And I’ve said this a lot over my years as a coach, how easily we can fall into a victim mindset rather than choosing to be sitting in more of a victorious mindset. And when we choose to sit in a victorious mindset, then it requires action, and it requires consciousness, and it requires honesty. And it’s all the ingredients that you’ve taken us through today around aiming and acceptance and aligning and appreciation.

I’ve loved our conversation.

Fiona: Thank you, Victoria. People don’t realize how capable they are and how much, I don’t wanna use the word control, but how, how they, they are at the wheel of their life. And it’s important to make sure that they’re headed towards where they want and focus on that, as you were saying, rather than focusing on what they don’t want because of whatever you think about, you get more of that.

Victoria: Absolutely. We need to call you the joy Coach at Hello Coach.

Fiona: Oh, thank you.

Victoria: That should be your tagline. Well, thank you very much for joining me on this conversation today, Fiona. I’ve loved, I’ve really loved it and it’s, it’s refreshing to be able to tackle some of these bigger emotions that I know can have a deep impact on people’s lives.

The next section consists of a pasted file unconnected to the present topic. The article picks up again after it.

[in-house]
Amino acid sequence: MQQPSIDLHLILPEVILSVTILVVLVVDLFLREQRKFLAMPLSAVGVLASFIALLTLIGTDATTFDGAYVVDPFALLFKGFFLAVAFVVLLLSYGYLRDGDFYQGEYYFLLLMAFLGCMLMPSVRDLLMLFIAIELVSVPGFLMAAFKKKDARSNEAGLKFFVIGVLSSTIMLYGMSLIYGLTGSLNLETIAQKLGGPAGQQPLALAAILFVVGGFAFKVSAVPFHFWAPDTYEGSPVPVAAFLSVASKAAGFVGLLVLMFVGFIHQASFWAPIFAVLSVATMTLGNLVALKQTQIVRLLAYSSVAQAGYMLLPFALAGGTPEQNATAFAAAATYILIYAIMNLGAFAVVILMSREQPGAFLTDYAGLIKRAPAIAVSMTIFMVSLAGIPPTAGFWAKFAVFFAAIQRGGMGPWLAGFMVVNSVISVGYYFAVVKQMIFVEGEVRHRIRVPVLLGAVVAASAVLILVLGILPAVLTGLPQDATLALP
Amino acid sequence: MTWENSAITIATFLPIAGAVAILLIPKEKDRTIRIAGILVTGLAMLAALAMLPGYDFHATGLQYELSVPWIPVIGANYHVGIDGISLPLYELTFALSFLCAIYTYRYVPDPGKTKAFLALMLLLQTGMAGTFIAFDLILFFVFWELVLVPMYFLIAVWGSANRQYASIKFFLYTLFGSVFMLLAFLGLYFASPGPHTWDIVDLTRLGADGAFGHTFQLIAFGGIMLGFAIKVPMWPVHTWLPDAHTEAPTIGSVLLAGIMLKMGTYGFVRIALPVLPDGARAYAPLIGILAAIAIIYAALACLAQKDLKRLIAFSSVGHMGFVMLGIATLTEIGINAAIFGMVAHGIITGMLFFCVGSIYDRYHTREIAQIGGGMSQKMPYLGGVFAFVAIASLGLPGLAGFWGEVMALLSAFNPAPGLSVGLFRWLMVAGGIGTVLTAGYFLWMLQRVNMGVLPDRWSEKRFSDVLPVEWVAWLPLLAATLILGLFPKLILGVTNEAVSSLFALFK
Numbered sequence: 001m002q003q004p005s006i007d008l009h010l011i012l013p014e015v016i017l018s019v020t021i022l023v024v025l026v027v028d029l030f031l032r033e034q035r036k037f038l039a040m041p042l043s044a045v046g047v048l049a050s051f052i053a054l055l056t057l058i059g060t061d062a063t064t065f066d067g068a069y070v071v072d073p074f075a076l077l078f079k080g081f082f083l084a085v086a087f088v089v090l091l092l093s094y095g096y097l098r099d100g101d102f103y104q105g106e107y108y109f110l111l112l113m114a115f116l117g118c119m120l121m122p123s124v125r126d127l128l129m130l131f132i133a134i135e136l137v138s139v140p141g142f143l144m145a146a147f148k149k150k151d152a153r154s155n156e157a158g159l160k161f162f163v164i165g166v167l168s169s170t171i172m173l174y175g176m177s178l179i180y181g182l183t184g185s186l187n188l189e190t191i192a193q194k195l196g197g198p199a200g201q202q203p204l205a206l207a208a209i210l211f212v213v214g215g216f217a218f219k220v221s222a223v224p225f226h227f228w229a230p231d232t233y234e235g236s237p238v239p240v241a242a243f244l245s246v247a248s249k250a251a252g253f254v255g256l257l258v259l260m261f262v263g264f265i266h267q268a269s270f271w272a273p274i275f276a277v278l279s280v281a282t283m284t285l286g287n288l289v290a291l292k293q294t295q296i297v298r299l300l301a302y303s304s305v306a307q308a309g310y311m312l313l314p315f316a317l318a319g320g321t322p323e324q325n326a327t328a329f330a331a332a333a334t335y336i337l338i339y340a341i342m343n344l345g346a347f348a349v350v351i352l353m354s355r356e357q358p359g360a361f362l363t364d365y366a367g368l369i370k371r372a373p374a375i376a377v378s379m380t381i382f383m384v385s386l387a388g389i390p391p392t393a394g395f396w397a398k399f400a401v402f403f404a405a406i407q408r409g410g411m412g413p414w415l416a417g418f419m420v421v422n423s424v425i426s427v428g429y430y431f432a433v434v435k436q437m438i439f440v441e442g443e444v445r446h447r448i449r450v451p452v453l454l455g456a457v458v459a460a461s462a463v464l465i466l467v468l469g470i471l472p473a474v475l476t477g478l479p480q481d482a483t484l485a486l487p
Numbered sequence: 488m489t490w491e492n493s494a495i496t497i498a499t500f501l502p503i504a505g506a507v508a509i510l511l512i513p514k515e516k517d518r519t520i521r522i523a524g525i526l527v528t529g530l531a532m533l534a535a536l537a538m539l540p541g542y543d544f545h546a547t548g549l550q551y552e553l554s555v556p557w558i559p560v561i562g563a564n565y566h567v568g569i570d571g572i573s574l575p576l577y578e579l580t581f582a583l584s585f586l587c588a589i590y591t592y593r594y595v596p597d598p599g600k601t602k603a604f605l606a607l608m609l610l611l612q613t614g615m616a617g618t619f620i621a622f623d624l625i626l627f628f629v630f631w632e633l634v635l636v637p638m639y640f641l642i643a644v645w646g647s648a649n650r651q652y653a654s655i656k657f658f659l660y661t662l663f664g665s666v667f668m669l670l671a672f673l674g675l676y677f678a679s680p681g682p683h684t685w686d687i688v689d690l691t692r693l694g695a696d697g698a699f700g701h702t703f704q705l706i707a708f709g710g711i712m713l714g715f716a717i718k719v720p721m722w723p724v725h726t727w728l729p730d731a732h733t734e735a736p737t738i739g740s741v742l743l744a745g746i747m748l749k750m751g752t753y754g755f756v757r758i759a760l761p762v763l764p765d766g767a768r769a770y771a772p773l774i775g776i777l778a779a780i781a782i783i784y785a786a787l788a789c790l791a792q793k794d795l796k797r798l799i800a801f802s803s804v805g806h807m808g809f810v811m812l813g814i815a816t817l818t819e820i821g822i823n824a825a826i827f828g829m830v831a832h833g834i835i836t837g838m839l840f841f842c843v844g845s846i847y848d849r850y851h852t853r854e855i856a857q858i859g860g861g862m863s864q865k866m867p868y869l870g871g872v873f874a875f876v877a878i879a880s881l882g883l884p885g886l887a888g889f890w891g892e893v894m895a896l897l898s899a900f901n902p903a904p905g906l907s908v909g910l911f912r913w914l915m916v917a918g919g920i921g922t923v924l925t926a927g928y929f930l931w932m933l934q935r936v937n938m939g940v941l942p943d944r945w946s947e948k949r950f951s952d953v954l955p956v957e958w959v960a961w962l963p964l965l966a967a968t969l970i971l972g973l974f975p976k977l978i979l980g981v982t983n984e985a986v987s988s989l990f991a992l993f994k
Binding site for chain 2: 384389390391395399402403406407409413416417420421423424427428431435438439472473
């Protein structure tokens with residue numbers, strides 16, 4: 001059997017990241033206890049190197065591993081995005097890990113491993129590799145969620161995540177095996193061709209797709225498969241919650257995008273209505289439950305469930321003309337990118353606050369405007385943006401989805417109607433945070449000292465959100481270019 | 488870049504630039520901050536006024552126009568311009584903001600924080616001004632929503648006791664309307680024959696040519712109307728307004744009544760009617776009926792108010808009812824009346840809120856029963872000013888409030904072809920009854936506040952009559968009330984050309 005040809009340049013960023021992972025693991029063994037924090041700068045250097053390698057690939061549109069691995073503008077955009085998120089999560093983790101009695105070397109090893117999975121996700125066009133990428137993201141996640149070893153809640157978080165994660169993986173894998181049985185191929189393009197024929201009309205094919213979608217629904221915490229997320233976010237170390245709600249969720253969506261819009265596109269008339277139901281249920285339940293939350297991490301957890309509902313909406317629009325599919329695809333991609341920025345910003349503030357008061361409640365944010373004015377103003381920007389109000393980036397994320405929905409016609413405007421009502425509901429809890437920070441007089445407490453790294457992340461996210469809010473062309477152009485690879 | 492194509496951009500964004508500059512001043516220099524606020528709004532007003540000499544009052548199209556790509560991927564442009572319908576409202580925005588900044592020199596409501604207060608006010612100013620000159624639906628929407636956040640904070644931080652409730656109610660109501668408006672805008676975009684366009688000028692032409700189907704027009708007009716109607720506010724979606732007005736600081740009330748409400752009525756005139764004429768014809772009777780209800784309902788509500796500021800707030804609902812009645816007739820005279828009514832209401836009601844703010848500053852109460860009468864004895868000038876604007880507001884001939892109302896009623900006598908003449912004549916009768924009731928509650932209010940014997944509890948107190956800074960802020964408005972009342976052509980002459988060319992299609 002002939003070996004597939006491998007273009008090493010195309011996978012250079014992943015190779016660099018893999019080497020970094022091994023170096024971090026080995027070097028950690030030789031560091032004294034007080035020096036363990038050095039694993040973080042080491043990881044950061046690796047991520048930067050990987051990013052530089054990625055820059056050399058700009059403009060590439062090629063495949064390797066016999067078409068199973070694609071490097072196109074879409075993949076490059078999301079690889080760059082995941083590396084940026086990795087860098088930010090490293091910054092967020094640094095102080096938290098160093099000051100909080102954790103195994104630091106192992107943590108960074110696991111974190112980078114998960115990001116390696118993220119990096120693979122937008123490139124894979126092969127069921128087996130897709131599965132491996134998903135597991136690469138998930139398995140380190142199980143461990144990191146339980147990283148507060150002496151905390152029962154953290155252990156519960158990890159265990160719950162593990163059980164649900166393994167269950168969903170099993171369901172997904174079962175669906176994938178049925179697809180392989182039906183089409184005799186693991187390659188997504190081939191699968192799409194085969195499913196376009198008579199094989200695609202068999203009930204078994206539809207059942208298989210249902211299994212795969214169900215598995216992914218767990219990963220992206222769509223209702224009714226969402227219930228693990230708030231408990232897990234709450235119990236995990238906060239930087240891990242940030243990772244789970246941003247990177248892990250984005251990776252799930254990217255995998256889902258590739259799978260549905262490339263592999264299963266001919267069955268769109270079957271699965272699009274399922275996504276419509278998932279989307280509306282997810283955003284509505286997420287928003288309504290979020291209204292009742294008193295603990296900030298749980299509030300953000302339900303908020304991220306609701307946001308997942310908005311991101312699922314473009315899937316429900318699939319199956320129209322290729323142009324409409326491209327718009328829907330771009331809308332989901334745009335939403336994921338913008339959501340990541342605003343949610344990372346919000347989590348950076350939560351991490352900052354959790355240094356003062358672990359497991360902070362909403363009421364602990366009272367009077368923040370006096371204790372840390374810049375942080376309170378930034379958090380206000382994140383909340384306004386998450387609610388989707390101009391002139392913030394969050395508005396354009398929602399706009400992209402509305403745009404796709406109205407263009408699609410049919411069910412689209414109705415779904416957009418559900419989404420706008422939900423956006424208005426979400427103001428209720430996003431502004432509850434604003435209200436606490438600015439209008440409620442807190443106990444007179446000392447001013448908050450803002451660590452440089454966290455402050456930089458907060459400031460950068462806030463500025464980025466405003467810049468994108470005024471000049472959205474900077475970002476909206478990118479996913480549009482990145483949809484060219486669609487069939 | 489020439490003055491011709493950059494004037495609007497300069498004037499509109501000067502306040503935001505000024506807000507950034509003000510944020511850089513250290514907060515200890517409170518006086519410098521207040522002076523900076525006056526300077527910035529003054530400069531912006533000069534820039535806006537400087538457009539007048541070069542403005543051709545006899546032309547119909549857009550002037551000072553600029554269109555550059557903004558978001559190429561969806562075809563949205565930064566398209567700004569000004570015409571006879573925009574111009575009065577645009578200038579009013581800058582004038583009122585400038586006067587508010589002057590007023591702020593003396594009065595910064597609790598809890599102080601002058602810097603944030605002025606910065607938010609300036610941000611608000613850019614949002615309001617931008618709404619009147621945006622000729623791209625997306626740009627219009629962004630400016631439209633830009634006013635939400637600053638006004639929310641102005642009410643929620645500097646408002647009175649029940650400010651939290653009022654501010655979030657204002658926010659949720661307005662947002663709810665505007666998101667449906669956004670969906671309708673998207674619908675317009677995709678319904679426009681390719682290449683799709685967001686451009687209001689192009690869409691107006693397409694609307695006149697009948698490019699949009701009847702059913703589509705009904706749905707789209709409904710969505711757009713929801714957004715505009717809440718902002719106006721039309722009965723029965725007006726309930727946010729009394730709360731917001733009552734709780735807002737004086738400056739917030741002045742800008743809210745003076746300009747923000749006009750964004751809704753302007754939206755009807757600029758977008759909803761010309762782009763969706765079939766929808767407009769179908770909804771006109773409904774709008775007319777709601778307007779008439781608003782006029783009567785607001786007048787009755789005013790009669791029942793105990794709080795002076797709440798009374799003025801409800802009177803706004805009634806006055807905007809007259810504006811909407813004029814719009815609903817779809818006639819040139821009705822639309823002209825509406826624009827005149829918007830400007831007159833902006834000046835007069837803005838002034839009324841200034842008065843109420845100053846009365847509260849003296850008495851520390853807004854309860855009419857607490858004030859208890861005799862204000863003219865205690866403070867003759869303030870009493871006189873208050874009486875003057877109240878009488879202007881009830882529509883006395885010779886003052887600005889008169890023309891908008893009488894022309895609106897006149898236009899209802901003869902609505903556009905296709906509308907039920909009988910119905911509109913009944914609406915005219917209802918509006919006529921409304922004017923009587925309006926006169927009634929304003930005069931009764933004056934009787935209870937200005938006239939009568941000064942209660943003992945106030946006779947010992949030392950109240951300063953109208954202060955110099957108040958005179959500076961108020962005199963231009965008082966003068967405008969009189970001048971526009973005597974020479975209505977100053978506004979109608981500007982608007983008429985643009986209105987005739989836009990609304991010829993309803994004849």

Fiona: And, you know, I encourage everyone to be brave because that’s where, that’s where life happens outside of our comfort zone. It doesn’t happen when we’re, you know, caught up in our beds, not living our life. And it’s okay to experience all those crappy emotions and go through those sad times. Everything teaches us a lesson, and everything does have a silver lining, even if it’s, I learned something more about me – and that’s really important.

Victoria: Thank you. Do you have any final tips or insights, or suggestions as we wrap up our conversation here?

Fiona: Yes, talk. Talk about what you really want in life and think about what you really want, and each day go to bed reflecting, how did I do today? Am I moving towards what I want out of life? And if I were to die tomorrow, would I be happy with how far I’ve come and what I’ve achieved, and most importantly, how I’ve contributed to the world?

Victoria: I love that. Thank you very much. Thank you for tuning in to today’s episode of Hello CoachCast. If you’ve enjoyed the content, we would love for you to subscribe, like, share, or leave a review on your favourite podcast platform. Also, if you’d like to work on living your very best life with less regret and more joy, or if there’s something else that you would like support on, you can get matched and booked with an incredible coach such as Fiona by heading to hello-coach.com.

Thank you for listening today, and we look forward to catching up with you next week.

M